The “Street Food” in Sicily, has very ancient origins; in fact, since the Greek era, it was very common to eat in the streets of the cities, which is why the Sicilian culinary tradition is full of quick recipes and it is still possible to find them in the stalls or rotisseries around the cities.
The rotisserie is, therefore, the classic place where you can buy Street Food in Sicily; in the Palermo area, dishes such as bread and panelle are quite common, that is a pancake made with chickpea flour, or bread with the spleen (‘u pani ca meusa), while the tradition of arancini (or arancine), Sicilian pizza by the slice and more generally the rotisserie mignon such as calzoni, sfoglie, cipolline and focaccias of all kinds.
It should also be emphasized that Palermo is considered one of the five best cities in the world as regards street food.
Some of the most famous street foods are:
- The arancini siciliani: that is a cone or a ball of rice generally stuffed with ragù, caciocavallo, and peas, of which however there are numerous variations.
- The calzone
- The cipollina: spread in the Catania area
- The panelle
- The scacce: the classic focaccia made in Ragusa area
- The vastedda: typical Sicilian loaf with variable dimensions ranging from 500 to 1500 grams
There is also a notable tradition in terms of typical appetizers. Among the most famous are the caponata, which consists of a mixture of vegetables (especially aubergines), tomato sauce, olives, capers, celery, carrots, but numerous variations are depending on the place or tradition. Then we have the orange salad, the eggplant parmigiana (a typical traditional dish also in Campania and Calabria), raw anchovies with lemon, roasted vegetables (usually peppers and aubergines, seasoned with oil, salt, mint, and garlic), bruschetta alla siciliana, and others.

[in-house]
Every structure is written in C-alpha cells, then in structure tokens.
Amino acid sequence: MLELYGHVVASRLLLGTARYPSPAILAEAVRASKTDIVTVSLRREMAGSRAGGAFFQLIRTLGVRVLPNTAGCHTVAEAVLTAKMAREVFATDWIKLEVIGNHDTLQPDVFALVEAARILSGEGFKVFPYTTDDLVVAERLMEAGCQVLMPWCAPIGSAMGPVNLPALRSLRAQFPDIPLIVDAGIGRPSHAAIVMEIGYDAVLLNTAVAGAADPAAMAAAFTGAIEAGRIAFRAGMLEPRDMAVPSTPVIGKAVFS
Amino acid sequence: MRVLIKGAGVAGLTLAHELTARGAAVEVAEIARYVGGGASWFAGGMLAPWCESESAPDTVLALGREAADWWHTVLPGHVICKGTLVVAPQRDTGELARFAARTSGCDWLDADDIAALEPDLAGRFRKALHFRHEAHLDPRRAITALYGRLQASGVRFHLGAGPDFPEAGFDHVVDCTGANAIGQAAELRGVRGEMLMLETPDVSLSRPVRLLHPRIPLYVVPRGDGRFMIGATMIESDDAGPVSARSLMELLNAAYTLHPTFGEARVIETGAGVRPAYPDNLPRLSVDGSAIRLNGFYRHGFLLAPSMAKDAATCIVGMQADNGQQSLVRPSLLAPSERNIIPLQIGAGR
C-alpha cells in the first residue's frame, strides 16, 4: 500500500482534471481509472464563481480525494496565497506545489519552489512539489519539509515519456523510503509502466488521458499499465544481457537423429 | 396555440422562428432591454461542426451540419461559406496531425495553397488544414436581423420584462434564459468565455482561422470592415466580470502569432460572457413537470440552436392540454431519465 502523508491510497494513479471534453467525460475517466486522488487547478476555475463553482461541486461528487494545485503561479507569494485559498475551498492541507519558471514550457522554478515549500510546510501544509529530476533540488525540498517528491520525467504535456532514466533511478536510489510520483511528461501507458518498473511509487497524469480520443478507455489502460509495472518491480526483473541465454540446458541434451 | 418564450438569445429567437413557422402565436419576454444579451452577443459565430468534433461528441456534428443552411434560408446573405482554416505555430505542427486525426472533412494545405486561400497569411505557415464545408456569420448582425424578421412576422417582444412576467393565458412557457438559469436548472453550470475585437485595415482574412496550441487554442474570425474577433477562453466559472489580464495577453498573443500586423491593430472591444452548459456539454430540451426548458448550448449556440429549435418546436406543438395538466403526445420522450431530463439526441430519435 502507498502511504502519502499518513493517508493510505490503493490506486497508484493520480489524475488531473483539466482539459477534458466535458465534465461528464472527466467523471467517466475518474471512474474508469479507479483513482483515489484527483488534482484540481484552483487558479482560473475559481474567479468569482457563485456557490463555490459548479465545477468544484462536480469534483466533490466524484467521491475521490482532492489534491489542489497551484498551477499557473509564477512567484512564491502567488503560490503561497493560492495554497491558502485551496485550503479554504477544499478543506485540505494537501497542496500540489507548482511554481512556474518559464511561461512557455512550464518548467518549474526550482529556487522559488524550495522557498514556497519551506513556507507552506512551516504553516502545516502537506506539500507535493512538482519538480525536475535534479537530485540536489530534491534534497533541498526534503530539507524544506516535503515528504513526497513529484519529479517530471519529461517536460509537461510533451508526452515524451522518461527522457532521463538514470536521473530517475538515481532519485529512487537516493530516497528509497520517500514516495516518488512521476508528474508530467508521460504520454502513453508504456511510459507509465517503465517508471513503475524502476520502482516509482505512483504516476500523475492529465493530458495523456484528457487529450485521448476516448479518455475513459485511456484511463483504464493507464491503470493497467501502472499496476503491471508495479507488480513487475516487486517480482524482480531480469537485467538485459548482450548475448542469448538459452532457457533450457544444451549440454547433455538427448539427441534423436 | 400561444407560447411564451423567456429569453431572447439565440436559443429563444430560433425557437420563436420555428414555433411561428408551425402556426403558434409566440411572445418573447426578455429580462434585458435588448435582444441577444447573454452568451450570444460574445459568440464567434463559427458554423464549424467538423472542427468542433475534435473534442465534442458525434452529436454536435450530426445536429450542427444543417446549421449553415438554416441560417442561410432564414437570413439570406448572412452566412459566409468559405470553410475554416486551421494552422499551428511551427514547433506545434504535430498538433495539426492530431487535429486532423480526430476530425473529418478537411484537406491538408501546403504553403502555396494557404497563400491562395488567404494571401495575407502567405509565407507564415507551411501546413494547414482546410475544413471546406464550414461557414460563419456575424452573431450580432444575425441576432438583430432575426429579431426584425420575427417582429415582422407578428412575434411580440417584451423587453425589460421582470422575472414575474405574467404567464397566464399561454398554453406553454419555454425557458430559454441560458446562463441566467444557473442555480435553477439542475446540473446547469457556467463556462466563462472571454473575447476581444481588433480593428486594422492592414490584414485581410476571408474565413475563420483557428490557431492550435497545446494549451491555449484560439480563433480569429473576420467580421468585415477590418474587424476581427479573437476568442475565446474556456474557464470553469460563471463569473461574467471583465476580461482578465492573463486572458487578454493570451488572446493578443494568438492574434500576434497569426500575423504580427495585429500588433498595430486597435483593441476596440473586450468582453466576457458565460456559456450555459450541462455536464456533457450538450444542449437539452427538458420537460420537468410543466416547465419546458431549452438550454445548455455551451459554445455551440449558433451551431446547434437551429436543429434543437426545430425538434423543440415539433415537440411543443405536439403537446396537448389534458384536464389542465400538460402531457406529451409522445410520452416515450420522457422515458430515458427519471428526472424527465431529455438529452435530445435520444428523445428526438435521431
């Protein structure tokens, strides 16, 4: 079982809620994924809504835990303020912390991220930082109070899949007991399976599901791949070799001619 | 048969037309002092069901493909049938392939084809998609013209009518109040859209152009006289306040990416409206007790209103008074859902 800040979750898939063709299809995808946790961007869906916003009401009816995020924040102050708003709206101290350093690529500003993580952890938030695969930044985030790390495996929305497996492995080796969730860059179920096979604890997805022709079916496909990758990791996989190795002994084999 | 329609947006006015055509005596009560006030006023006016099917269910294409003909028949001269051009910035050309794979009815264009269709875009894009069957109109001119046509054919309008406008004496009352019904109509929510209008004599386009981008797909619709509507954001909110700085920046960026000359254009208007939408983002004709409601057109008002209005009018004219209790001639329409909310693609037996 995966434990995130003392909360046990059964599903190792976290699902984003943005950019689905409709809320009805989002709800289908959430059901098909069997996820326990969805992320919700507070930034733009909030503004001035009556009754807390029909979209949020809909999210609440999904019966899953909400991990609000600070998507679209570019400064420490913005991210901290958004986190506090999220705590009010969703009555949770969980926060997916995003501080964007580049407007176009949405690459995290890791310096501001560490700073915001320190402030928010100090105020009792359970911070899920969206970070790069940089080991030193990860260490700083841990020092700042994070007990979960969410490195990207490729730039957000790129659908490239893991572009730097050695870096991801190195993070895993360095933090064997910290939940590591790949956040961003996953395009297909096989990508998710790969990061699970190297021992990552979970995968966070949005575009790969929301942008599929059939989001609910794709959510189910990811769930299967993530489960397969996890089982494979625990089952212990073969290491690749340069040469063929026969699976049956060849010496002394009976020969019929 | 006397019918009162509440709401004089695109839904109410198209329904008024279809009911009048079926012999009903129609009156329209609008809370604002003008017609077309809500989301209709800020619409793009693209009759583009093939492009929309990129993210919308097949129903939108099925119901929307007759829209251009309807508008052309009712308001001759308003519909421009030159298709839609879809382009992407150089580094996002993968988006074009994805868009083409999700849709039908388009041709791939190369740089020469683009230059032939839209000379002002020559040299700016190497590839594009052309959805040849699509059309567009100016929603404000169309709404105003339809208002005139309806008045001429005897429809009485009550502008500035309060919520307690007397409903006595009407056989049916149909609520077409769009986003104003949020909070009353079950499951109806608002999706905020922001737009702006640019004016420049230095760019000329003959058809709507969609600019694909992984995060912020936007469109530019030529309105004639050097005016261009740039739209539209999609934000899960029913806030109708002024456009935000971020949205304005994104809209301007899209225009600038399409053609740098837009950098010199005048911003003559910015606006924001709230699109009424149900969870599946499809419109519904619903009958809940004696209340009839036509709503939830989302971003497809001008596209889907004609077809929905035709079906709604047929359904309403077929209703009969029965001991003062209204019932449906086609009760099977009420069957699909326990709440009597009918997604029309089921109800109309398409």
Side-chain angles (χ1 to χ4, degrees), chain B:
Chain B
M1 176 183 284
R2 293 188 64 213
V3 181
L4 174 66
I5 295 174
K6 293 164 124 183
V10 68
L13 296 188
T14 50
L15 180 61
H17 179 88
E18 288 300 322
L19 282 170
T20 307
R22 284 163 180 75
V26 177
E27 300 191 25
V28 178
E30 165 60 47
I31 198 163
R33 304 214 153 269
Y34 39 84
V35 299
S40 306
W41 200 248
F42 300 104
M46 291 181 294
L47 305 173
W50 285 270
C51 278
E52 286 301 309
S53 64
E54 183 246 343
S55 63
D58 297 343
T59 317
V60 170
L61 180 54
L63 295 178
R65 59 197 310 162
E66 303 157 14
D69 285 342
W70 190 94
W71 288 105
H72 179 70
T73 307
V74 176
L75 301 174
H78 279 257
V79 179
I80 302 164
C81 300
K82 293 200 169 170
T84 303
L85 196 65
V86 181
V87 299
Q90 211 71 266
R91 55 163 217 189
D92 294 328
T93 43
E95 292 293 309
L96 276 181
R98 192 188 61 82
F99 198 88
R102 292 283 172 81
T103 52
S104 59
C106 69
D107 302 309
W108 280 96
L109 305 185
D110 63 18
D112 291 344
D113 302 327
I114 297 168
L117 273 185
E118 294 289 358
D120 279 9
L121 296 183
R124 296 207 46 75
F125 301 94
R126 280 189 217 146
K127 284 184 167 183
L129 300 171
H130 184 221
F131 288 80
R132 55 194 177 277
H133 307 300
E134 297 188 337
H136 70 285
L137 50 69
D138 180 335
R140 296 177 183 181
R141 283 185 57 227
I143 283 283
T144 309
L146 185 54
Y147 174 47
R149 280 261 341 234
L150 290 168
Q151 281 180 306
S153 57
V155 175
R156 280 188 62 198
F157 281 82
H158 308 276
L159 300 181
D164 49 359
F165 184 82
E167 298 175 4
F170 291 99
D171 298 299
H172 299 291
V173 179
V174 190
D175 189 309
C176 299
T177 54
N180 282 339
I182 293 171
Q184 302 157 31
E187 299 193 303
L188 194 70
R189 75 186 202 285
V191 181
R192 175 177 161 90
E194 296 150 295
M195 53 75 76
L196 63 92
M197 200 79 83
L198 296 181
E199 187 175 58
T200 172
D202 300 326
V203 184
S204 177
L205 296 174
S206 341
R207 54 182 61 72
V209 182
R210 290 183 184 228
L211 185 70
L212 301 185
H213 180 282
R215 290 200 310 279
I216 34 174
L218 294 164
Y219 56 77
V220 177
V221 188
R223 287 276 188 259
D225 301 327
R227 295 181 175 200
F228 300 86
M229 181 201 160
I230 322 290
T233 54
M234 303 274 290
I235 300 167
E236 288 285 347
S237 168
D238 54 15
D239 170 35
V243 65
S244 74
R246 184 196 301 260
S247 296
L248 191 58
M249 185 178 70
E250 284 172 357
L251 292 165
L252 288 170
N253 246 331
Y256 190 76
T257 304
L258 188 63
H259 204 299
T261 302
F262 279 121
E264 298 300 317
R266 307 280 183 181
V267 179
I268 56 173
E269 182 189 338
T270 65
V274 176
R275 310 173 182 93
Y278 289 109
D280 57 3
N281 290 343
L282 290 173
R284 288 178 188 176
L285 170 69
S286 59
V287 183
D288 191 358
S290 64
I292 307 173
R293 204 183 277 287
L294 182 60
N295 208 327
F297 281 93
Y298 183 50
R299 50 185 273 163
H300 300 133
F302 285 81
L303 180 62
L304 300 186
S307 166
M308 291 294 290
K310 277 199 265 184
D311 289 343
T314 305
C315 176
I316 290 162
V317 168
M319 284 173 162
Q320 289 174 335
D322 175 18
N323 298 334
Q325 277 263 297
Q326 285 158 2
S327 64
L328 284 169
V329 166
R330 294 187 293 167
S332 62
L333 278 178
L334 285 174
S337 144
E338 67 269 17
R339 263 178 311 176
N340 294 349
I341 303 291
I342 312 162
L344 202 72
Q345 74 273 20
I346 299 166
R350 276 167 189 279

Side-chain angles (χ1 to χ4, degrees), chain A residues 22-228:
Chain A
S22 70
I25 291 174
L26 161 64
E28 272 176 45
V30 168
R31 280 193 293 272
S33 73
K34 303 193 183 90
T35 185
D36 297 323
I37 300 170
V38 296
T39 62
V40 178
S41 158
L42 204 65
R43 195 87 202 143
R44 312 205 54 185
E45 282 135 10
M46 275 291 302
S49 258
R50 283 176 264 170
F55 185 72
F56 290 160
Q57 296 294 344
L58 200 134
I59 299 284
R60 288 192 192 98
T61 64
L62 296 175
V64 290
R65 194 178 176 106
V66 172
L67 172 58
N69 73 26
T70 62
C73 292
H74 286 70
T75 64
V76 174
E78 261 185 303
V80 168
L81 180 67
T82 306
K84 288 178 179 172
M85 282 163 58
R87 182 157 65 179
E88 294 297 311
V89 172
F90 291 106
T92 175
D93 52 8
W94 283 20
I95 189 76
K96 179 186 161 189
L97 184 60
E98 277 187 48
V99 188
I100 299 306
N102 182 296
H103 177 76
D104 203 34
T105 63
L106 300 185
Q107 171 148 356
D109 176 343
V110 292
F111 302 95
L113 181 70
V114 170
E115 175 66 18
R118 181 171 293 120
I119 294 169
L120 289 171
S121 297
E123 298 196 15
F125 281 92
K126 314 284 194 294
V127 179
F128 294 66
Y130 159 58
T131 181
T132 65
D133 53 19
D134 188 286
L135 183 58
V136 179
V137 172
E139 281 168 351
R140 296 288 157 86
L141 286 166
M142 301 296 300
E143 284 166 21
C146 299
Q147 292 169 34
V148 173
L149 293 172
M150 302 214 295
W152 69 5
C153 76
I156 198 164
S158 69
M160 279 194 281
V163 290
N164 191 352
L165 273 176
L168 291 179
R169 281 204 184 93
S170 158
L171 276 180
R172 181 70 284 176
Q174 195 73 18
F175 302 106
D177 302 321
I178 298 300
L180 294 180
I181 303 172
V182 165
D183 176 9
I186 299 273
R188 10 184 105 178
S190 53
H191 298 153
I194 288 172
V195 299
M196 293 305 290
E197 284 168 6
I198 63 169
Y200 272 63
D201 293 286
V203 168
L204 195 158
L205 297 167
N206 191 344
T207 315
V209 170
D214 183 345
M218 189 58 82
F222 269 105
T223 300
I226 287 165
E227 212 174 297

When we talk about first courses in Sicily we obviously talk about pasta, as in the rest of the Italian peninsula! Whether it is homemade pasta or packaged dry pasta, Sicilians make extensive use of it in any recipe. From fried pasta to pasta in broth, from dry pasta to baked pasta, from pasta with fish to pasta with vegetables.
Some of the main pasta dishes are based on pasta:
- Anelletti al forno
- Cous-Cous alla trapanese
- Macco di fave
- Maccheroni alla siciliana
- Minestra con i tenerumi
- Pasta con le sarde
- Pasta con i broccoli
- Pasta al pesto di pistacchio
- Pasta alla norma
- Pasta o niuru di siccia (nero di seppia)
- Pasta ca muddica
- Pasta cco capuliatu
- Pasta c’anciova (pasta con le acciughe sotto sale)
- Pasta col nero di seppie
- Pasta e fasola (pasta e fagioli)
- Pasta con i tenerumi
- Pasta fritta
- Pasta “Ncasciata”
- Pasta alla trapanese
- Spaghetti alla carrettiera
- Spaghetti alla bottarga di tonno
- Spaghetti ai ricci
- Spaghetti alla siracusana
Despite being a typical North African dish, couscous was introduced in the province of Trapani following the immigration of the late nineteenth and early twentieth centuries to Tunisia and Libya, thus becoming one of the iconic dishes of the Sicilian culinary tradition.
Some of the typical second courses of Sicily are:
- Arrosto panato (Palermo)
- Coniglio “lardiato”
- Involtini di carne
- Involtini di pesce spada
- Pesce spada alla ghiotta
- Pescestocco alla messinese
- Puppetti ‘i muccu (frittelle di neonata)
- Polpette di sarde (fritte e al sugo)
- Purpi affucati (polpi in guazzetto)
- Sarde alla beccafico
- Bastaddi affucati (cavolfiori affogati)
- Involtini di melanzane
- Pizza fritta alla Siciliana
- Polpette di finocchietto
Sicily is a land with a strong agricultural imprint that is favored by its geographical position, mild climate, and extremely fertile soil, which is why fruit and vegetable production is one of the flagships of the island.
The production ranges from apricots, figs, citrus fruits, to even some exotic fruits such as kiwis, bananas, pineapples, and others. On the island, the production of jams and marmalades, fruit salads with ice creams up to the typical granitas, and the orange peels are usually dried to make candied fruit.
The production of fruit and citrus fruits includes oranges, lemons, cedars, mandarins, apricots, melons, watermelons, pears, apples, strawberries, cherries, prickly pears, grapes, peaches, and the production and consumption of products considered indigenous such as medlars, pomegranates, carobs, mulberries, and figs!